Paul Samuelson: Ipse Dixit

June 16, 2009

by Mario Rizzo  

It is possible to agree with someone’s conclusions but wonder if he has the slightest basis for them. That’s how I feel about Paul Samuelson’s latest article.  

Now I beg forgiveness for criticizing an article by a man who is 94 years old. God willing, I should be so good at that age. Nevertheless, it is instructive for the rest of us to look carefully at the latest from one of the fathers of the neoclassical “synthesis”.  

There are two points Samuelson makes:  

1. Economics “can never be an exact science” and so prediction is impossible. The example he gives is Irving Fisher, the great economist, continually mispredicting the stock market in 1929 and then in the early thirties. He lost a number of fortunes (Glad he had a number of fortunes in the first place.) And then there was Joseph P. Kennedy who was presumably without much knowledge of economics but who continually sold stocks short and made a fortune. (In addition, of course, he made money from illegal activities.) But, then, somehow Kennedy knew when the New Deal would work and turned to buying property.  

Samuelson’s lesson here is not clear. Either there is some knowledge more important than economics or  the predictions were simply a matter of luck. In the first case perhaps a distinction such as Hayek’s “scientific propositions,” on the one hand, and “knowledge of the concrete circumstances of time and place,” on the other, might be relevant.  

2. The Chinese will eventually (perhaps soon) not want to hold dollars anymore. This will cause big problems for the U.S. economy. Now, I won’t be so petty as to say: “Hey, he just got finished saying prediction is impossible.” Let us assume he is making Hayek’s distinction between “pattern prediction” and more precise quantitative predictions. The Chinese prediction, we can say, is the former kind.  

In the first place, Samuelson spent his whole life mathematizing, quantifying, and generally making fun of Austrians who said that there were strict limits on the “scientific” (in the positivist sense) nature of economics. He never had time for Hayek’s subtle distinctions. Now he cautions us. Okay.  

In the second place, the enormous debt that the U.S. has recently run up is due essentially to the Keynesian policy prescriptions Samuelson did so much to advance. “We owe it to ourselves…” Oops that was a different era.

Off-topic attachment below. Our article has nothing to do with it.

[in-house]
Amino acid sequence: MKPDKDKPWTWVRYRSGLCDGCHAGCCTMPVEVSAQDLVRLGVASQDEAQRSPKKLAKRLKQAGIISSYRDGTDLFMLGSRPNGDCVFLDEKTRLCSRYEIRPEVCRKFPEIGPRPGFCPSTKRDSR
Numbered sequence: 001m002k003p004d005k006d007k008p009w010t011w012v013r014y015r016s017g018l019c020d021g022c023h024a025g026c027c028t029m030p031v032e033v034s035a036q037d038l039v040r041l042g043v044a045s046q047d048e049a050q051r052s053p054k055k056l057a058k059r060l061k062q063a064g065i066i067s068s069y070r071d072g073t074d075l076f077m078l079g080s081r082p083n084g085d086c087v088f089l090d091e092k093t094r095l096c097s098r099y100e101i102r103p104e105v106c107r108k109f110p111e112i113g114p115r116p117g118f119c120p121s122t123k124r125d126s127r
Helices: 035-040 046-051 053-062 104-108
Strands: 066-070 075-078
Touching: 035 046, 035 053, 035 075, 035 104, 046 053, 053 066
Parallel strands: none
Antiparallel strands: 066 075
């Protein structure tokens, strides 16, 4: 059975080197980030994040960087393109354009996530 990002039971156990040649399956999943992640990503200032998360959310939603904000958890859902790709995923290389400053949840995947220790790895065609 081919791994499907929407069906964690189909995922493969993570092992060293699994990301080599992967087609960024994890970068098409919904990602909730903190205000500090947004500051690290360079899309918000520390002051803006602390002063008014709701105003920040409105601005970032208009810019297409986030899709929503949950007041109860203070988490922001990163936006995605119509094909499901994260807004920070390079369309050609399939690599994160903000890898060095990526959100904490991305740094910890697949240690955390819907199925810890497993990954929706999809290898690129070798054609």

I worry that I am being uncharitable. Maybe so. But there are important lessons to be learned, especially for young people. The chief lesson is: We are in the current mess for a reason. In my personal view, Keynes himself is far less to blame that those who promoted an agenda that invoked hydraulic or mechanical Keynesianism. (Shall I also mention that Samuelson was totally wrong on the Soviet Union and the great issue of our time: whether rational  economic calculation is possible under socialism? Let that pass.)

16 Responses to “Paul Samuelson: Ipse Dixit”

  1. saifedean Says:

    Just yesterday, I was reading Salerno’s intro to Man, Economy and State and came across this fascinating quote from Samuelson:

    “When I was 20 . . . I expected that the new econometrics would enable us to narrow down the uncertainties of our economic theories. We would be able to test and reject false theories. We would be able to infer new good theories. . . [I]t has turned out not to be possible to arrive at a close approximation to indisputable truth [and] it seems objectively to be the case that there does not accumulate a convergent body of econometric findings, convergent on a testable truth.”

    Oops! There go 60 years of “synthesis”!


  2. […] Mario Rizzo, an economist for whom I have the deepest respect, has some important things to say about a recent article by Paul Samuelson, who has had so much to do with constructing mainstream economics. Read it here. […]


  3. Better late than never.

  4. Lee Kelly Says:

    The “we owe it to ourselves” notion is so retarded.

    If I borrow from myself, and then malinvest my resources, what does it matter that I owe it to myself? I am still down whatever resources were squandered, and can only pay off my debt to myself if I work harder to make up the difference. In other words, I am worse off, even if the money I hold stays constant.